Today's Toxic Consumer Culture:
America’s toxic capitalist mentality surrounds us. While scrolling through any form of social media, or watching a show online today there is no doubt that you are going to witness many ads. In this day and age it has become a major part of anyone’s online experience. We see ads or promotions tailored to our likes and interests because these sites see and save where we have clicked or what kind of content we have liked. These social media platforms then find content in the form of suggested ads or promotions that fits in those categories to pop up on our feed and influence us to buy these products. Buying things has never been easier or cheaper.
If I am scrolling through Instagram and see an ad for $1.00 leggings, all I have to do is click the link that is tagged in the picture, auto generate my credit card, billing, and mailing information through google pay and/or my chrome account and click “ship”. And just like that, only five minutes after seeing a post for something I previously didn’t even know existed, it is on its way to my mailbox. Without thinking twice, I’ve just succumbed to America’s toxic capitalist mentality.
So what's the Issue with this?
As beneficial as this new market is for both consumers and producers, it lends itself to creating major issues environmentally and in the mentality of Americans today. America is one of the top global economic leaders (America’s Global Economic Leadership).
We buy mostly from outsourced places so that our products are cheaper.
However, this leads to lower quality that is ethically and environmentally problematic. In today’s capitalistic market American consumers are constantly convinced that we need these products due to how inexpensive they are along with how well they are advertised. We live in a society where we are constantly told that the way we are is not good enough. If certain celebrities, or successful, influential people use these products, then we need to as well in order to achieve confidence and success.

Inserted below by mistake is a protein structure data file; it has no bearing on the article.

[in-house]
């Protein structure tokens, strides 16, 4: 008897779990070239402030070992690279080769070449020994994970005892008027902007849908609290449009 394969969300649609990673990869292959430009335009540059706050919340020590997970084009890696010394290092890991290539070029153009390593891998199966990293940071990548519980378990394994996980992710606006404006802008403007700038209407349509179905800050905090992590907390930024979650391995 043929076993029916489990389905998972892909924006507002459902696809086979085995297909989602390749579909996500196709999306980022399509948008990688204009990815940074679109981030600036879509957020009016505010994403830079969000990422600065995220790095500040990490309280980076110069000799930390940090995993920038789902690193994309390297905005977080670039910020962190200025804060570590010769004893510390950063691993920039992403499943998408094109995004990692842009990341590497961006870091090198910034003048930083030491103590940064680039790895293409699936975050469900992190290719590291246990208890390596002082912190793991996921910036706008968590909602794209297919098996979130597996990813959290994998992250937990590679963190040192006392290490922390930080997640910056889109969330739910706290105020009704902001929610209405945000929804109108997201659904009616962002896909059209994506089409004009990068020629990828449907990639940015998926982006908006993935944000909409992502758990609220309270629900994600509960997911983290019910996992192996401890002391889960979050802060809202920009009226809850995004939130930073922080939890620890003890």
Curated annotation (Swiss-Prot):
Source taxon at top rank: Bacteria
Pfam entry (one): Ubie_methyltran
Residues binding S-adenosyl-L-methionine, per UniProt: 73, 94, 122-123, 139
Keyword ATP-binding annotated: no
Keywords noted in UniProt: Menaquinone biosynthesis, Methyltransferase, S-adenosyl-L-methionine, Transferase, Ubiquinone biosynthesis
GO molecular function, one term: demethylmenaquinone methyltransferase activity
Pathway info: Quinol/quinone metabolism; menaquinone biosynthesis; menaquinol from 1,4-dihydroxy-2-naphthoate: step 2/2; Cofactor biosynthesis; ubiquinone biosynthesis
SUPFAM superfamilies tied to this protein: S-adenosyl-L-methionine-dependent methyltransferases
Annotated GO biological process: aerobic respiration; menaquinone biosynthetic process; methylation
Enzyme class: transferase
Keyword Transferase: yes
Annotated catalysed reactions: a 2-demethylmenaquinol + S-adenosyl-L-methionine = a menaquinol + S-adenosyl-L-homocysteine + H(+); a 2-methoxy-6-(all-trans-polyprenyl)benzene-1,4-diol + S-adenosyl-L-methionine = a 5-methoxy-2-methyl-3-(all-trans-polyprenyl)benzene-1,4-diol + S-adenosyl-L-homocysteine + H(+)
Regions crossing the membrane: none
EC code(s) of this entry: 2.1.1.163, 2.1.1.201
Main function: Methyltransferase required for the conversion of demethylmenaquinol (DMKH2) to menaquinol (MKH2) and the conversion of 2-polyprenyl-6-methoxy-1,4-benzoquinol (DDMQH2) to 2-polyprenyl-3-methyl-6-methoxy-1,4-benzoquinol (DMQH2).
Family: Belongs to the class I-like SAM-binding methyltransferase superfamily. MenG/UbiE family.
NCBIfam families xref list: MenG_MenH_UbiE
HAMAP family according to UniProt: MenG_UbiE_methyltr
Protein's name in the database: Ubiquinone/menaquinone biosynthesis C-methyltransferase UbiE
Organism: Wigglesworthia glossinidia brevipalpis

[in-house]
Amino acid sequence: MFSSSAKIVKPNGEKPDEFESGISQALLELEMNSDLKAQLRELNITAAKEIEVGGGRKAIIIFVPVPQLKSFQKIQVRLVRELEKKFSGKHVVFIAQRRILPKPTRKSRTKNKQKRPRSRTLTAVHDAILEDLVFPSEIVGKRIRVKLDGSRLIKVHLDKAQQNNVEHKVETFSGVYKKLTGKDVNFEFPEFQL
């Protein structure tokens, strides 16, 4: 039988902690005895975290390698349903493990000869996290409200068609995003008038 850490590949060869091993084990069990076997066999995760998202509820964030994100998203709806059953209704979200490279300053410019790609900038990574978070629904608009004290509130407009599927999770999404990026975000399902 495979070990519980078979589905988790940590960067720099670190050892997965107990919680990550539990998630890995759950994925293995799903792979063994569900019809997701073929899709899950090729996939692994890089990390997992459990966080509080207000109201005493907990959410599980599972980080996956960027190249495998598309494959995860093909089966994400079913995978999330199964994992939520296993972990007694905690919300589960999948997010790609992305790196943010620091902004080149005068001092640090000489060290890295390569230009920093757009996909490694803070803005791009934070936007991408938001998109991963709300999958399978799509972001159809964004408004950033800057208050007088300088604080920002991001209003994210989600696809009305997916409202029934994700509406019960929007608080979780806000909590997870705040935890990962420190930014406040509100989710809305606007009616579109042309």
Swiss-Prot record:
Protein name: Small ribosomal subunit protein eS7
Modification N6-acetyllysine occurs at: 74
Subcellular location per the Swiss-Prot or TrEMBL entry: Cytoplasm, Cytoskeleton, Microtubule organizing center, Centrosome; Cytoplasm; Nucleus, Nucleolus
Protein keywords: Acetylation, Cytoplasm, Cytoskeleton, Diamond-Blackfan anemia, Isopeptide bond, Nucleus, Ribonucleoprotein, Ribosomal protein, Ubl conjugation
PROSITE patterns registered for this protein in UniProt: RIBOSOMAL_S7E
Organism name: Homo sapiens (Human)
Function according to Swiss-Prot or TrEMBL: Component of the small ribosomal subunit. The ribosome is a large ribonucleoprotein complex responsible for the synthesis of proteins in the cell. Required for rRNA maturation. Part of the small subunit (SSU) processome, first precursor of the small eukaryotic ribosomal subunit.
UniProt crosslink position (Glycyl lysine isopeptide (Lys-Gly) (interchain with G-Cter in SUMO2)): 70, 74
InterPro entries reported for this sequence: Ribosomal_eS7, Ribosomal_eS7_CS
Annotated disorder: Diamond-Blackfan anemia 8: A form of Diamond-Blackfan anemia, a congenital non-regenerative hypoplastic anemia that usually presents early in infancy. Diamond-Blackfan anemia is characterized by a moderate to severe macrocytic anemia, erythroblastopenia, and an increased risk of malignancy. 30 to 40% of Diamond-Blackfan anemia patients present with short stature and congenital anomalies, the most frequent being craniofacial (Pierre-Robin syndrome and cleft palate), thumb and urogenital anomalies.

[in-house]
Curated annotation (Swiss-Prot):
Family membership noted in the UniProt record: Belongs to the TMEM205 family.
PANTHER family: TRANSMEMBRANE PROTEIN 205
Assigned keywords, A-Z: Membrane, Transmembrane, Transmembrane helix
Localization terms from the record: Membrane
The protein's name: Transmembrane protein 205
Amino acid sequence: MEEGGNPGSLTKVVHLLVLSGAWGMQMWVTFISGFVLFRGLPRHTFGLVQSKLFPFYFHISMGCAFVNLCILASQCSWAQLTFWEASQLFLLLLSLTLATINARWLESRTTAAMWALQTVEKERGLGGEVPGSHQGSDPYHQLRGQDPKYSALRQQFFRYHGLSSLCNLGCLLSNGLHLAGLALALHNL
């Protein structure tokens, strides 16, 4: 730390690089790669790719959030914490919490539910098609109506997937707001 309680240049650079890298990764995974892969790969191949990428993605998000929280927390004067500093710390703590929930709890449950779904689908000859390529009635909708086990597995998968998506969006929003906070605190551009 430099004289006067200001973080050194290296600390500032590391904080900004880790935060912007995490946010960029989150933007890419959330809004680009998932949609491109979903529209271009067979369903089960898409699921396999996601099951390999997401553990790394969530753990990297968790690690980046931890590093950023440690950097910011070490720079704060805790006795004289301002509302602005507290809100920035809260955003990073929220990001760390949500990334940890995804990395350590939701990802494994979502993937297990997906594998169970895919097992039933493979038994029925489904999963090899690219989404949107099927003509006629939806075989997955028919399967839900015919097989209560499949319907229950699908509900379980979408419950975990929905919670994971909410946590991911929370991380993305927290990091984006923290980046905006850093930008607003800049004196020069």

It is my belief that America’s toxic capitalistic ideals are ruining the health of its people and the health of our planet by encouraging overconsumption.
America's Toxic Capitalist Mentality: History
In no way am I against free markets or capitalism as a whole. I believe the problem is with America’s current implementation of capitalism and the toxicity it creates. This problem can be simply explained by dissecting America’s toxic capitalistic mentality.
America became successful through capitalism. And we have stayed fiercely loyal to its beliefs and values for as long as we have been an independent country (Bryer 516). After World War II, American markets and the government became so protective of capitalism they made the general public fear this new idea of Marxism that had taken over in Russia (518). Thus, the Cold War began, and the fear of communism that the U.S. government instilled in the American people for its entirety made us cling on to our fierce capitalist ideals even more.
The American government has never ceased to promote free markets, hard work, and the idea that if your business did not succeed it was your fault (Kasser, Tim, et al. 4). Since the end of this ‘Red Scare’ the U.S. population has remained too afraid to change our economic ways out fear that any deviation would lead to the start of communism in America (Bryer 519).
It is because of these fear tactics that major U.S. companies have gone so many years unchecked.
This leads to toxic, capitalist American ideals that lack compassion for the well-being of people or the well-being of the planet.
History's Affect on Today
This history explains why America deviates heavily from the current mentality towards climate change that the more socialist European countries hold. For example, U.S.-based oil companies such as Exxon and Chevron have constantly lobbied against mandatory emission controls arguing that the potential costs are too high to control greenhouse gases (Levy and Kolk 275).